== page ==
Geographic Variation in the Relationship between Bilingualism and Education among Children of Immigrants
Jennifer C. Lee

About the research


NAEd/Spencer Postdoctoral Fellowship

Award Year



Indiana University

Primary Discipline

Almost one out of four school-age children has at least one immigrant parent, and recent studies have found that children of immigrants who are fluently bilingual in English and their parents’ native languages have higher academic achievement than their monolingual peers. Although more immigrants are now settling in cities others than traditional immigrant gateways, research on bilingualism and academic achievement typically focuses on immigrant gateway cities or areas with historically large concentrations of co-ethnics (individuals of the same national origin). Little research has examined if and how patterns vary by geographic area and neighborhood characteristics. This project seeks to better understand relationships between bilingualism and educational outcomes among children of immigrants by examining how they vary across geographic areas. Using data from the Early Childhood Longitudinal Study (ECLS-K), the Educational Longitudinal Study (ELS), and the National Educational Longitudinal Study (NELS), this project will assess whether the relationships between bilingualism and educational outcomes (school performance, test scores, and educational attainment) differ between traditional and non-traditional immigrant gateway areas and/or between urban and rural areas, and how these relationships vary by neighborhood racial/ethnic composition.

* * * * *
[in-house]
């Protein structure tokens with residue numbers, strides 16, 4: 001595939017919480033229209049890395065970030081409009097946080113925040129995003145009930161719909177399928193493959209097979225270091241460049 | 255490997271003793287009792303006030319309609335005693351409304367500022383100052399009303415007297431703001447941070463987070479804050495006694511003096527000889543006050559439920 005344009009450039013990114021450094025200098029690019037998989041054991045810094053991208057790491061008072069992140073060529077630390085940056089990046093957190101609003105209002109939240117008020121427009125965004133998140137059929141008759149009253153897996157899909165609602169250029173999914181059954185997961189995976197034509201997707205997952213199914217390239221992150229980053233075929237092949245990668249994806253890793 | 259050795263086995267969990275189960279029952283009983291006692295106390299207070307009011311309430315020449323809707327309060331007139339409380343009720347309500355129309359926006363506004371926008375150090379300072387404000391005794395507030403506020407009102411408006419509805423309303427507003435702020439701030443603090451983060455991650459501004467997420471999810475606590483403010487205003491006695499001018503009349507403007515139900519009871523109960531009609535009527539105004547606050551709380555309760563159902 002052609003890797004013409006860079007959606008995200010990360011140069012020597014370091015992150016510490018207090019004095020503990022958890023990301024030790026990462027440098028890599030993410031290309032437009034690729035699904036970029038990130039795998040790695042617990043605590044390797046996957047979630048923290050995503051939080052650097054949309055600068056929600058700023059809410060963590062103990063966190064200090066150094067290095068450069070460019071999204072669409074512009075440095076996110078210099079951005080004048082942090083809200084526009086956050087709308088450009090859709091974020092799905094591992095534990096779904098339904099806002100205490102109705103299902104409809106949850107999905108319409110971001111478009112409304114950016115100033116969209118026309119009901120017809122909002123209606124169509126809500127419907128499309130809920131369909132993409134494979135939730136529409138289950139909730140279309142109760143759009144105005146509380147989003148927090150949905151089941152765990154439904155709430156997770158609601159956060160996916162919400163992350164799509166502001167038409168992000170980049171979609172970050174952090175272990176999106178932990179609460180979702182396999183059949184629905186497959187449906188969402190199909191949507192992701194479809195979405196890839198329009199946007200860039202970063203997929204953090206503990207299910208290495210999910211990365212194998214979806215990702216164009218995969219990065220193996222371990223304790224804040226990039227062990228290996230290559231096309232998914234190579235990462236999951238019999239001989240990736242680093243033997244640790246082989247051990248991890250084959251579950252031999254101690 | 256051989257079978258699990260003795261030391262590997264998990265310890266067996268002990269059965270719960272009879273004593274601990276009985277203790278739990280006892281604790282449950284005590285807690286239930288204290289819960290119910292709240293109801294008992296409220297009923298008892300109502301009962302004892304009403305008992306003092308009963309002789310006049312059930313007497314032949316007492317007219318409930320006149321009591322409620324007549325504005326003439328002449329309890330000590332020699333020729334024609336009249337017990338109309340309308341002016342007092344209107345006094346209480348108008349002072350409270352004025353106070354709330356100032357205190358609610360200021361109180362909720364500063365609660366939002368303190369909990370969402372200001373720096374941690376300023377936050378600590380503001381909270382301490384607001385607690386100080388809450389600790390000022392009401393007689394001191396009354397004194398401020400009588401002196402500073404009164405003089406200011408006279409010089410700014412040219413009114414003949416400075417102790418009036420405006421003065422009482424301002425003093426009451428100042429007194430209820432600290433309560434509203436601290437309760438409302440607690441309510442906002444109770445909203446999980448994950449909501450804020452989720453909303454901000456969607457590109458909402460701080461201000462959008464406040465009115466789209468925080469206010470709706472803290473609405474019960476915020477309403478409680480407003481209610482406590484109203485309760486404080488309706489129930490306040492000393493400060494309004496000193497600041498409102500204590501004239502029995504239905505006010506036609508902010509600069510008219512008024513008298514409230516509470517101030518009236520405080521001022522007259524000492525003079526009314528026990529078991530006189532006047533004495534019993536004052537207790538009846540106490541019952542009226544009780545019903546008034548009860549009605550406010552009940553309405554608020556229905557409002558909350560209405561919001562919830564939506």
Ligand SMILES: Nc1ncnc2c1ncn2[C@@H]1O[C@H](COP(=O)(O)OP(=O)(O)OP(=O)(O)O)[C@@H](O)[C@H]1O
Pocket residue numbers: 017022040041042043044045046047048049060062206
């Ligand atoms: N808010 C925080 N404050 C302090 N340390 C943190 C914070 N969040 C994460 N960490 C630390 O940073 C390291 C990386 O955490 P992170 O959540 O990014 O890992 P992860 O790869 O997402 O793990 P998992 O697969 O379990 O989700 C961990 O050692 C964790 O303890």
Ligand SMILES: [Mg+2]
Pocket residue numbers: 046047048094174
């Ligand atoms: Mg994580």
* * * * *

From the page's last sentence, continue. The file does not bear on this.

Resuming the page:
About Jennifer C. Lee

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